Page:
Chapter11_SSM - 65781_CH11_222_239.qxd 8/1/08 1:01 PM Page...

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Chapter 11: Molecular Mechanisms of Gene Regulation Chapter Summary The processes of gene regulation generally differ between prokaryotes and eukaryotes, but transcriptional regulation plays a key role in both types of organisms. Transcriptional regulation may be either negative (“on” unless specifically turned “off”) or positive (“off” unless specifically turned “on”). A negative regu- latory system may be inducible (when the repressor protein is inactivated by combining with the inducer) or repressible (when the repressor is formed by the combination of aporepressor protein and the co-repressor). Positively regulated systems are typically controlled by transcriptional activator proteins. Lactose metabolism in E. coli is a classic example of an inducible system. When lactose is present, the genes for the enzymes required to metabolize lactose are transcribed; when lactose is absent, transcription is repressed. Two proteins needed to utilize lactose (permease, required for the entry of lactose into the cell, and β -galactosidase, the enzyme that cleaves lactose) are tightly linked and transcribed into a single poly- cistronic mRNA molecule, lac mRNA. Immediately adjacent to the promoter for lac mRNA is a regulatory sequence of bases called the operator. A repressor protein, the product of the lacI gene, binds with the operator and prevents transcription. The inducer binds to the repressor and inactivates it. Therefore, in the absence of lactose the permease and β -galactosidase genes are not transcribed, but in the presence of lactose there is no active repressor, and the lac promoter becomes accessible to RNA polymerase. The operator, the promoter, and the structural genes are adjacent to one another and together constitute the lac operon. Repressor mutations have been isolated that inactivate the repressor protein, and operator mutations are known that prevent recognition of the operator by an active repressor; such mutations cause continuous production of lac mRNA and are said to be constitutive. The lac operon as well as other sugar-utilization operons are also subject to positive regulation through binding with the cAMP–CRP complex. (The cAMP stands for cyclic AMP, and CRP for cyclic AMP receptor protein .) When glucose is present in the growth medium, the level of cAMP is low, and not enough cAMP–CRP is formed to allow transcription of the operons. Only when glucose is absent is the concentration of cAMP sufficient to produce enough cAMP–CRP to make transcription possible. 222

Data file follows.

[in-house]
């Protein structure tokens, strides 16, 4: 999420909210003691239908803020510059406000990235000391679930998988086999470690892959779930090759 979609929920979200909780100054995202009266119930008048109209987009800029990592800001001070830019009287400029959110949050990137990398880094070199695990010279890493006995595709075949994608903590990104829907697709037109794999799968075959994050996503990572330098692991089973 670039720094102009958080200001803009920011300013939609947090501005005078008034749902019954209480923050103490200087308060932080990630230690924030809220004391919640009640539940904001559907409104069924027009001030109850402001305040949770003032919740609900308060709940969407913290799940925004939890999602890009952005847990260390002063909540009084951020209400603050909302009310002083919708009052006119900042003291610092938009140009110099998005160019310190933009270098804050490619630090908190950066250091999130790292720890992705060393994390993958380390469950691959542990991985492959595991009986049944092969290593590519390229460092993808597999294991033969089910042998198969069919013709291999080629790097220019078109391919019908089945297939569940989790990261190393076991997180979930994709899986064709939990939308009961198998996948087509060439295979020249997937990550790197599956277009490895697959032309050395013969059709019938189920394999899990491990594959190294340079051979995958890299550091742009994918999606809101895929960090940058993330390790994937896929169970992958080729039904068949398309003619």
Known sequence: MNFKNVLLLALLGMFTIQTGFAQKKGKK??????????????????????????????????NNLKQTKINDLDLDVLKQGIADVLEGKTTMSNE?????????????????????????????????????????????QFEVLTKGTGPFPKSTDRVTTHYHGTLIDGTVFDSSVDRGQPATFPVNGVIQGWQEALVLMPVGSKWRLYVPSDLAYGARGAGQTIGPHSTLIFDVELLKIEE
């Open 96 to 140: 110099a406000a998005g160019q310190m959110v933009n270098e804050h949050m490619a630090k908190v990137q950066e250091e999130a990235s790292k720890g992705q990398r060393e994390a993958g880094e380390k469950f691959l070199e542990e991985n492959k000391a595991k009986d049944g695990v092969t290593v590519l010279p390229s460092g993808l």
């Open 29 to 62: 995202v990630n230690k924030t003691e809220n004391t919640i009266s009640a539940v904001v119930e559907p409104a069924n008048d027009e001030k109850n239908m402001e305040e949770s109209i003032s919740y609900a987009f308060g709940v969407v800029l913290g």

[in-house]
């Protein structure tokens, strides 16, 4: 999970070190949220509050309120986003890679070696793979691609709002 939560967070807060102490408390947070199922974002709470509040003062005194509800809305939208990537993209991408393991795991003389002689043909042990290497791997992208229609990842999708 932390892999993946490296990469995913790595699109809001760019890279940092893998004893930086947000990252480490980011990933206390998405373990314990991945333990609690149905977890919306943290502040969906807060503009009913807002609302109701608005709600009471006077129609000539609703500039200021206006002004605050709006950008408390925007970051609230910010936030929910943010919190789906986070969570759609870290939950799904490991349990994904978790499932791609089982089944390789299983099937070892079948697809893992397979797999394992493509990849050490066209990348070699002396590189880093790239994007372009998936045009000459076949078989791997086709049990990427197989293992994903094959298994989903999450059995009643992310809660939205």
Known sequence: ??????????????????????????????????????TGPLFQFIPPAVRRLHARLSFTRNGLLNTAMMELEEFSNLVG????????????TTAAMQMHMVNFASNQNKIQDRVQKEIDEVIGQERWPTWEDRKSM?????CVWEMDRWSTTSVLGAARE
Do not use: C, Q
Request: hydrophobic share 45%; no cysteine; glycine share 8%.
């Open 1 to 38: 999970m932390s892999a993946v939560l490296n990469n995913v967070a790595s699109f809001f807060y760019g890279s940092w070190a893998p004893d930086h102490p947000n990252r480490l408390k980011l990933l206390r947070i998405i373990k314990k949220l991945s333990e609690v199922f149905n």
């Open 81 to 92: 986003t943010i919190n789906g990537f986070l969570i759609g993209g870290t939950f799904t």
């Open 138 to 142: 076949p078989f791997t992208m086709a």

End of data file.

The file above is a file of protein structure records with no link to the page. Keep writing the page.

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223 Many biosynthetic enzyme systems exemplify the repressible type of negative transcriptional control. In the trp operon in E. coli , transcription of the operon is controlled by the concentration of tryptophan in the growth medium. When excess tryptophan is present, it binds with the trp aporepressor to form the active repressor that prevents transcription. Regulation of the trp operon is also subject to fine tuning by attenua-
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Chapter11_SSM - 65781_CH11_222_239.qxd 8/1/08 1:01 PM Page...

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